Is Milk Alternative Required?
I frequently receive the question, “Which milk alternative is healthiest?” This is a very loaded question, as it varies based on the range of interpretations of the term “healthy.”
Many dieticians claim soymilk is the only milk alternative that compares to milk nutritionally. Others feel that soy is an unhealthy and potentially GMO product that shouldn’t be consumed at all (perhaps soy is a good topic for another day!). Some rave of almond milk and feel virtuous in choosing it, while others point to its lower protein and fat and say it’s inadequate. Some deal with multiple food allergies and feel rice milk is the only way to go … but then discover hemp milk with it’s legendary Omega 3’s. Then of course, there are fortified and unfortified versions, all ranging widely in vitamins and minerals. Vitamin D? Yes please. Calcium? Um, maybe. Vitamin A? Well, depends on the type.
Don’t get me wrong, I love milk alternatives … and seriously, where would our cereal and oatmeal be without them? But our societal dependence on milk has led us to believe that something thick and creamy must be added to just about everything we make.
When people are concerned about which milk alternative is the healthiest, my first thought is that perhaps they are depending a bit too much on milk alternative (and previously milk) for nutrition. My initial response doesn’t usually start with “For the healthiest option, you should go with …” Instead, it goes something like this, “Set the carton aside for a moment, poor a glass of water, and enjoy some fruit and vegetables.” Who says you have to replace the calories in milk with calories of milk alternative? As for vitamins and minerals, swap those calories for healthy whole foods, and if you’re still worried, pop a dairy-free or vegan multi-vitamin. Really, you can’t go wrong. Water is cheap (and sometimes free), and anyone reading this has easy access to it.
But beyond just drinking milk, what about milk or milk alternative in recipes? Once again, water is a very viable option. Just recently I made some vegan muffins. The recipe called for vanilla milk alternative. Why? Perhaps because it adds a little sweetness, a nice vanilla flavor, and a hint of richness. I usually keep just unsweetened milk alternative on hand, and didn’t feel like opening a new package. So instead I used an equivalent amount of water and upped the vanilla extract in the recipe just a bit. I wasn’t looking for a super-sweet muffin, so I didn’t tamper with the sugar amounts, but I easily could have added another tablespoon of sweetener to the recipe to compensate if desired. Might the muffins have been better with the vanilla milk alternative? Perhaps, but these rose perfectly, had a soft interior texture with that wonderful crusty muffin top, and were pretty darn delicious (recipe to be posted on Alisa Cooks soon!) …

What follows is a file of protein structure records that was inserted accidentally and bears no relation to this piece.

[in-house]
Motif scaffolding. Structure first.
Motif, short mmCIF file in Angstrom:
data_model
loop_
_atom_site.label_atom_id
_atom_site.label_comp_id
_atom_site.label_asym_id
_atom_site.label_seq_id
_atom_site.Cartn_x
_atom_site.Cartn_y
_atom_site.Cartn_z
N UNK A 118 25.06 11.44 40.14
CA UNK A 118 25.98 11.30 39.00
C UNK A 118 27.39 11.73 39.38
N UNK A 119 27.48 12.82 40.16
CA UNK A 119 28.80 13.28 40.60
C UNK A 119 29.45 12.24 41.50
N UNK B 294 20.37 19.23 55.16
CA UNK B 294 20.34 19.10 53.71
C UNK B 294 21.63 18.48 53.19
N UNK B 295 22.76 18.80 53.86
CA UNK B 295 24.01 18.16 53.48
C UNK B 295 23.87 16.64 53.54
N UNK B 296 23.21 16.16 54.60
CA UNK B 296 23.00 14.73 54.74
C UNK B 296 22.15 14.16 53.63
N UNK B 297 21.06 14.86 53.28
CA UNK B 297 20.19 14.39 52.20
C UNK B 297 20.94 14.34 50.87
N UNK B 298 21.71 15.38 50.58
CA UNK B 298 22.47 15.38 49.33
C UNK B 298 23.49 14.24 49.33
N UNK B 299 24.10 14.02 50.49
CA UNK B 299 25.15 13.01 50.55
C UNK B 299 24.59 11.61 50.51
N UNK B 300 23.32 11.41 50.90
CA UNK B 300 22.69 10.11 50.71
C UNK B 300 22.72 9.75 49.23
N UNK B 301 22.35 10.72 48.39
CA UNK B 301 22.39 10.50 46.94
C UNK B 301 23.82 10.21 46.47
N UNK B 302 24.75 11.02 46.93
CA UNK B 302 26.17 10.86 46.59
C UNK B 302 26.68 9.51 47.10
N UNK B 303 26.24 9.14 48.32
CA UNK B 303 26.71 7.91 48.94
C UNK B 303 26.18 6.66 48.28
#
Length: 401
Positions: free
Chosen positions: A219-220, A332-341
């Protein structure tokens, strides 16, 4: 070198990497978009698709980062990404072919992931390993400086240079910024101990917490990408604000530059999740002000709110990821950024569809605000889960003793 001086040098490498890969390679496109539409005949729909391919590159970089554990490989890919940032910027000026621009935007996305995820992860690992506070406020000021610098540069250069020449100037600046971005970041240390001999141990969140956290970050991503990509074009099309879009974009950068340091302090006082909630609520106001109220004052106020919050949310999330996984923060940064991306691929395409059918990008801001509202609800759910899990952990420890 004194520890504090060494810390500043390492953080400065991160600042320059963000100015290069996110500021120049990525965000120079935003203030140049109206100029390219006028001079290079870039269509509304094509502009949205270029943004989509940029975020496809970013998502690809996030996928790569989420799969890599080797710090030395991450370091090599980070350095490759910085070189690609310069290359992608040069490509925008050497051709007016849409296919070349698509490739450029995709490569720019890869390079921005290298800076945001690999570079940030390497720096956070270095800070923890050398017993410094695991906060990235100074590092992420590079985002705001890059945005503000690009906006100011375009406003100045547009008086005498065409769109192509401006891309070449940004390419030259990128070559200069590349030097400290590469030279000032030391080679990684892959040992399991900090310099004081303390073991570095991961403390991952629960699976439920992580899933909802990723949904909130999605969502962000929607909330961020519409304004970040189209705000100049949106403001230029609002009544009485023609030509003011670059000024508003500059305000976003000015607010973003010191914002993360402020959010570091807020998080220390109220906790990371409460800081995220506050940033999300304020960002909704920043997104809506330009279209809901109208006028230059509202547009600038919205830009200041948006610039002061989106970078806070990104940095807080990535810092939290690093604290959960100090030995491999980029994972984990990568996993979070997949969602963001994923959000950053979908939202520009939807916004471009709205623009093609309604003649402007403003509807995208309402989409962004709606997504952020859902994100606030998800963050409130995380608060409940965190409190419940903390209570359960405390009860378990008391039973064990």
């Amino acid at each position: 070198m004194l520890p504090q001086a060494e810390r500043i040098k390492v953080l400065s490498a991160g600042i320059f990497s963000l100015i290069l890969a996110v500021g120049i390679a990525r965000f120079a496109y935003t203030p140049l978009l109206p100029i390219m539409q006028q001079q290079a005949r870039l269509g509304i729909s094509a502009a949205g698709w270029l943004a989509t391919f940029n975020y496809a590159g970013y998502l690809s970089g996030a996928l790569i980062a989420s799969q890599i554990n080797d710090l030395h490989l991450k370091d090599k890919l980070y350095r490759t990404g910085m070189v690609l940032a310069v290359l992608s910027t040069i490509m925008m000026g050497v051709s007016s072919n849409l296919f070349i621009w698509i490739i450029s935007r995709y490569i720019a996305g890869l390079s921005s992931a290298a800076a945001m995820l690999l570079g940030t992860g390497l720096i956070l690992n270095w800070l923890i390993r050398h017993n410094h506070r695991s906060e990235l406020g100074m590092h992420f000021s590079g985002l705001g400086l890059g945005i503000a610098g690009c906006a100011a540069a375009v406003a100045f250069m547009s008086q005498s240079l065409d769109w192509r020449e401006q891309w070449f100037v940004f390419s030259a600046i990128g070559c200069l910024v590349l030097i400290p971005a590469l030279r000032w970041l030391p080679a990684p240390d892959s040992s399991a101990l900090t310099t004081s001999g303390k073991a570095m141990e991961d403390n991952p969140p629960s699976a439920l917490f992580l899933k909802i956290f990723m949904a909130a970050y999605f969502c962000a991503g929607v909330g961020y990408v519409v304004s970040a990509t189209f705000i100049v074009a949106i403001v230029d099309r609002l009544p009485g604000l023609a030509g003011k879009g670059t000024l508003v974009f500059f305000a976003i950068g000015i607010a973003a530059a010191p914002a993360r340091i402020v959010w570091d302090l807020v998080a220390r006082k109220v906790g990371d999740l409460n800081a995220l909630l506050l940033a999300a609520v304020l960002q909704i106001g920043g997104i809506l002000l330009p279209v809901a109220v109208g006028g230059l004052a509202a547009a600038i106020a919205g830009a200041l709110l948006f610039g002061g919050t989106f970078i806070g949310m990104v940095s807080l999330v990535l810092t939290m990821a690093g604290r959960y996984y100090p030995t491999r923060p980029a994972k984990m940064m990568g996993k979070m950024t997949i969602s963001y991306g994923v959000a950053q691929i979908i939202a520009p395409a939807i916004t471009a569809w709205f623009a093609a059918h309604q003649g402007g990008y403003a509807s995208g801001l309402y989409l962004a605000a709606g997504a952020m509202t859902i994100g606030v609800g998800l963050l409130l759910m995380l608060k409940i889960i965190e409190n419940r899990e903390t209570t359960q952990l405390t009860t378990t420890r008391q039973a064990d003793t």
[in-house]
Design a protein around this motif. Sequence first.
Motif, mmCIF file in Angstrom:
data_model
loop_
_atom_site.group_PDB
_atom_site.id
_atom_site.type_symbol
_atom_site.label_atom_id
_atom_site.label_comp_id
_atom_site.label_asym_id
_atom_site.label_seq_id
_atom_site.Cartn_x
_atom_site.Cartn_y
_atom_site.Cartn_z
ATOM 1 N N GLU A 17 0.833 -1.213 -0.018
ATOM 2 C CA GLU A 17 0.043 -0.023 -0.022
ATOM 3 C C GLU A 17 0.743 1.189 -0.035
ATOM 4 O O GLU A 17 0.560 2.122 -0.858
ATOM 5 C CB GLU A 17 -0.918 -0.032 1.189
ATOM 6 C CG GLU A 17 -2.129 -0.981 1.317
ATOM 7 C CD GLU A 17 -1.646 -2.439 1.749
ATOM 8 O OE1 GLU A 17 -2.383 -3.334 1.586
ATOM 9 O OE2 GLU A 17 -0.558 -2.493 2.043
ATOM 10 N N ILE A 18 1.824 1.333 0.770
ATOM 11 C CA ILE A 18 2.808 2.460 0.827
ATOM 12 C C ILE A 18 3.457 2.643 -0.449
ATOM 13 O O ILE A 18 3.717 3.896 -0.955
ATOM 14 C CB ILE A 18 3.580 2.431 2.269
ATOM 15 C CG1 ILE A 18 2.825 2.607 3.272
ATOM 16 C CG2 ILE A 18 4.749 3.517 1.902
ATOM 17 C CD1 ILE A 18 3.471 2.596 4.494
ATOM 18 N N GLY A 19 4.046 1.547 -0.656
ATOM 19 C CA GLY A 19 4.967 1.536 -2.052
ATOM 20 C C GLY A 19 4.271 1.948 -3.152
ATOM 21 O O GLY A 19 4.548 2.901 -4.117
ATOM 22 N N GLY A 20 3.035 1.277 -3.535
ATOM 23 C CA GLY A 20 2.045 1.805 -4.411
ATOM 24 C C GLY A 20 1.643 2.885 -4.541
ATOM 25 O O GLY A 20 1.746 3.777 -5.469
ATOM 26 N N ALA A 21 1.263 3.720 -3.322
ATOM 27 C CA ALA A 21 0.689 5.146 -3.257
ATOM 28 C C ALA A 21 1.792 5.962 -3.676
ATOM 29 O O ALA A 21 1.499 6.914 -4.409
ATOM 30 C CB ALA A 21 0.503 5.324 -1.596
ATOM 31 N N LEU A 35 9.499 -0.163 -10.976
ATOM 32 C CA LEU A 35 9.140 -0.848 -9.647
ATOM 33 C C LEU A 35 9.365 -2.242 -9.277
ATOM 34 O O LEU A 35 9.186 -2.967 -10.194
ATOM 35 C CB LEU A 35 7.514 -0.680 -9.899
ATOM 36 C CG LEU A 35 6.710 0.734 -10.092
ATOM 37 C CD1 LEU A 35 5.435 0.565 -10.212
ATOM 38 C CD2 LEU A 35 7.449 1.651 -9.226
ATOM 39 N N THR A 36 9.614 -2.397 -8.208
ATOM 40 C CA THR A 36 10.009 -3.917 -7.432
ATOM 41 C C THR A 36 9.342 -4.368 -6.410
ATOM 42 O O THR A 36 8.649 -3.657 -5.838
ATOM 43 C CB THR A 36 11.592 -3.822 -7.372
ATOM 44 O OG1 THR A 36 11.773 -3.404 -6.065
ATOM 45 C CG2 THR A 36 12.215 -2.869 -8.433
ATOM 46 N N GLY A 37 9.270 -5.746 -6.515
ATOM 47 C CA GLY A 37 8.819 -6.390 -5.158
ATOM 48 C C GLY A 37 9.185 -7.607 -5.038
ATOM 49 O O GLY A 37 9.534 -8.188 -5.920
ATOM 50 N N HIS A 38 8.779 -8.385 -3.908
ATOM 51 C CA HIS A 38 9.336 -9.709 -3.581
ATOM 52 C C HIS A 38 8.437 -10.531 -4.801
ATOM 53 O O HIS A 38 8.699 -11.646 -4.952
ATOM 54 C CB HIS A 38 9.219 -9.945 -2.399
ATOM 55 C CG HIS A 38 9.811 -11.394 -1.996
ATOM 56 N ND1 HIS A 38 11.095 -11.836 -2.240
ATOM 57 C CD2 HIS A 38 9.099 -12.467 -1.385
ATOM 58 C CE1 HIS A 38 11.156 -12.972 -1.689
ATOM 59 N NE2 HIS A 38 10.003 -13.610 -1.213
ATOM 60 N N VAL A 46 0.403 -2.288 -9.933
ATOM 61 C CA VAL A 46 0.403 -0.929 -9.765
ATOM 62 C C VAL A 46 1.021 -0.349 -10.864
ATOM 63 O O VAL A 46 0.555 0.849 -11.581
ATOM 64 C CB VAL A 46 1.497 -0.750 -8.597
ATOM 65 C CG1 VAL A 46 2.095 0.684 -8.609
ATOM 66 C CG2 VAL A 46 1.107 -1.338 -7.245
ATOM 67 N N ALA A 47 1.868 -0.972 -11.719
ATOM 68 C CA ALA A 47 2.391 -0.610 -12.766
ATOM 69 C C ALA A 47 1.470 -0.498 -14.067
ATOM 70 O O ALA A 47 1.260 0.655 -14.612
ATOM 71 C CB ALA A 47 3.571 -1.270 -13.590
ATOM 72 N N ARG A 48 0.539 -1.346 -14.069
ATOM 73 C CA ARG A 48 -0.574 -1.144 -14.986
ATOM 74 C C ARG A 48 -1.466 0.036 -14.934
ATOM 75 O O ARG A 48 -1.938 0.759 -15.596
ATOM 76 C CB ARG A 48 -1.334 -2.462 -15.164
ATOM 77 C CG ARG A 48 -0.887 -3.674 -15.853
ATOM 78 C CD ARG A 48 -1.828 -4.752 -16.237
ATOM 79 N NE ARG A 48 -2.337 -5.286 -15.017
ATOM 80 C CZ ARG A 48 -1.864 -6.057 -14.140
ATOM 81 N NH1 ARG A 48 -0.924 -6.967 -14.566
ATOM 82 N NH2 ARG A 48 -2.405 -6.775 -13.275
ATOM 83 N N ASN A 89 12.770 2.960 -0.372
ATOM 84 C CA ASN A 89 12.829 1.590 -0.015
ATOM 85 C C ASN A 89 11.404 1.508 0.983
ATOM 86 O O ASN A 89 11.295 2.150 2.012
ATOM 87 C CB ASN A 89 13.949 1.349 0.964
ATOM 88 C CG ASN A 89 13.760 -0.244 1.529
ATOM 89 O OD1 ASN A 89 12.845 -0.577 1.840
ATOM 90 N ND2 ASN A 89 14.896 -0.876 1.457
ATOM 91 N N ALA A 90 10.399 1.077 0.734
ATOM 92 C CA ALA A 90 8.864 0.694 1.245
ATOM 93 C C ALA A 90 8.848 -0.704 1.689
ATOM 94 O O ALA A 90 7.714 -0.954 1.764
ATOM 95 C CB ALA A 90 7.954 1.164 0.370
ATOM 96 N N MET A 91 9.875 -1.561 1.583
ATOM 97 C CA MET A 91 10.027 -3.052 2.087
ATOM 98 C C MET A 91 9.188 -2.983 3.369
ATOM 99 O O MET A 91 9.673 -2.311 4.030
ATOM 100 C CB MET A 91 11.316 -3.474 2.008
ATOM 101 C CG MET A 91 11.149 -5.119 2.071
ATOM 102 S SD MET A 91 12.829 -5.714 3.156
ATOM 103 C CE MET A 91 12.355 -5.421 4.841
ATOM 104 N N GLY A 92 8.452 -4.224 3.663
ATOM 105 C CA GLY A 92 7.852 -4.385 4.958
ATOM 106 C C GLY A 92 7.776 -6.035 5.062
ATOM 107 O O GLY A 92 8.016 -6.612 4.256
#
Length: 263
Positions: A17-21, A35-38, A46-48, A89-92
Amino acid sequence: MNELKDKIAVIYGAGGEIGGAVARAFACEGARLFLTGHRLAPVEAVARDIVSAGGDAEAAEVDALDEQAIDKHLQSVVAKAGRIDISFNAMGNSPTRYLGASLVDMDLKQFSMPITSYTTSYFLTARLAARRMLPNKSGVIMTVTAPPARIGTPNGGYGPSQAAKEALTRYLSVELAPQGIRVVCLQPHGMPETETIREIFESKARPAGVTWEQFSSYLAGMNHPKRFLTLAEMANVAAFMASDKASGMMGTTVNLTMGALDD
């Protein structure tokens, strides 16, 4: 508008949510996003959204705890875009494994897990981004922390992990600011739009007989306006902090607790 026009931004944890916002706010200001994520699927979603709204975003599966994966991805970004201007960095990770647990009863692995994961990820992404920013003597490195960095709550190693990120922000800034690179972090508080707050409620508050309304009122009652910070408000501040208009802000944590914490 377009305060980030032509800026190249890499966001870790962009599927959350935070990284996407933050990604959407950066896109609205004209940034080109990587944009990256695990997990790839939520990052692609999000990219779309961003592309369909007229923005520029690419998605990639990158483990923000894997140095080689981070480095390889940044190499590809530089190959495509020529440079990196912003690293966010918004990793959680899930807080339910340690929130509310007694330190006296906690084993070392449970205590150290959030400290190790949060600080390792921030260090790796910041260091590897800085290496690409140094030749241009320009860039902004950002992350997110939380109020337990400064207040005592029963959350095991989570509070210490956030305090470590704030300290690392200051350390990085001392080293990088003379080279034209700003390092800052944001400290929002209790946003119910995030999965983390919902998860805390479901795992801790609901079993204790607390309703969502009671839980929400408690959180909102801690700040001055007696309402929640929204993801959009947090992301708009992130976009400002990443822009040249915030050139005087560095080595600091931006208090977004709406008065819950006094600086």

Plus, they were a lower in sugars and calories than the original recipe … leaving more room in my 2nd breakfast of the day for this water-based creaminess …
I confess, that I didn’t used to think a smoothie could hold its own without milk alternative. I tried a couple water based concoctions from raw foodists, and nearly gagged. But, with the right ingredients, I’m able to take my favorite beverage from “juice” to rich and spoonable, even with water. The creation above was simple at quite nutritious, as you can see on my recipe post here … or perhaps I should actually call it an un-recipe, since it really is that simple.
So is milk alternative required? In my world, it may not be required, but it is a luxury that I would rather not do without. Over the dairy-free years, I have learned to become less dependent on this creamy beverage (definitely good on the wallet!), particularly for nutrition. But, it does add that extra something in terms of flavor and texture, at least a few times a week.
What’s in my milk alternative arsenal? Right now, I’m pretty game on hemp milk and coconut milk beverage. I also make homemade oat milk and cashew milk for recipes (see Go Dairy Free for the recipes I use). Though I do love almond milk, almonds are a no go for my husband, so we stick to the unsweetened coconut, hemp, oat, cashew, and plain old water.